The effect of state size on level of democratization has been a topic of interest to political scientists. However, studies have largely focused on democratic regimes, leaving unexplored the implications of state size for the regime persistence of hybrid regimes. This article compares two Chinese island cities with hybrid regimes through political analysis supplemented by interviews, and argues that a smaller regime is more likely to be authoritarian than a larger one. The case of Macau shows that the very small size of a ‘microstate’ helps central authorities to exercise political control, stifle political pluralism, and monopolize opinions, all of which strengthen regime persistence. In contrast, the case of Hong Kong shows that a merely ‘small state’, a larger political entity, creates political polarization, encourages political competition, and diversifies opinions, resulting in a more confrontational state-society relationship. This paper contributes to the literature by examining the effect of state size on regime persistence in hybrid regimes and explaining political development in Macau and Hong Kong from an alternative geopolitical perspective. Copyright © 2017 ― Institute of Island Studies, University of Prince Edward Island, Canada.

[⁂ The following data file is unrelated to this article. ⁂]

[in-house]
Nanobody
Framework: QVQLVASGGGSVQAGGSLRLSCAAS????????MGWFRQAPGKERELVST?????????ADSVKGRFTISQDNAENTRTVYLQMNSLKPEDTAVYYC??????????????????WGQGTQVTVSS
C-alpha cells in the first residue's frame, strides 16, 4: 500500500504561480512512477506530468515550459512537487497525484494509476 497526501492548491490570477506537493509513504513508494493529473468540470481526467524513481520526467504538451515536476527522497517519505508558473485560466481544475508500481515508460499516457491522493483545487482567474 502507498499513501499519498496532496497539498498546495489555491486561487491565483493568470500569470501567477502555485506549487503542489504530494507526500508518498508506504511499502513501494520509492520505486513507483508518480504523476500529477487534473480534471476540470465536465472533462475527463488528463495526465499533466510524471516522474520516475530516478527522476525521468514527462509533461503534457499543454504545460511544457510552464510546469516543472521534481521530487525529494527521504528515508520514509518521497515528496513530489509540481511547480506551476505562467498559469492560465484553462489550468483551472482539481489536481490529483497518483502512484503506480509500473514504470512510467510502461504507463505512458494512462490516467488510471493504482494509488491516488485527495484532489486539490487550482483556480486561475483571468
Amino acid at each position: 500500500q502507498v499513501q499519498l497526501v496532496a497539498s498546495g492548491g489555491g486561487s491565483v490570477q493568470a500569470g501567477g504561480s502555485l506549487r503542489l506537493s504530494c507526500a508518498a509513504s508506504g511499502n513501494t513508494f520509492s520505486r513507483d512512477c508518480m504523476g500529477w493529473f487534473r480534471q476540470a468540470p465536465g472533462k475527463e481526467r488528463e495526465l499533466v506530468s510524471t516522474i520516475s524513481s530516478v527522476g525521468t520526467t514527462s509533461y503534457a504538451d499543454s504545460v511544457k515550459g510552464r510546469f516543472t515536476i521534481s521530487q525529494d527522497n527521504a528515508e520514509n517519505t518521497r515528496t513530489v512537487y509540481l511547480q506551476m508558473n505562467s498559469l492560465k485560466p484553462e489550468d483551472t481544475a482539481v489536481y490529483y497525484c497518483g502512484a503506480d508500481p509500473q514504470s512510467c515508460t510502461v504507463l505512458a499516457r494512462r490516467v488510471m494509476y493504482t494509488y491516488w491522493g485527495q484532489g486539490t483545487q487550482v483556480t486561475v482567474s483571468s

CitationKwong, Y.-H., & Wong, M. Y. H. (2017). State size and democratization in hybrid regimes: The Chinese island cities of Macau and Hong Kong. Island Studies Journal, 12(2), 113-126. doi: 10.24043/isj.36
- Hong Kong
- Hybrid regimes
- Island cities
- State size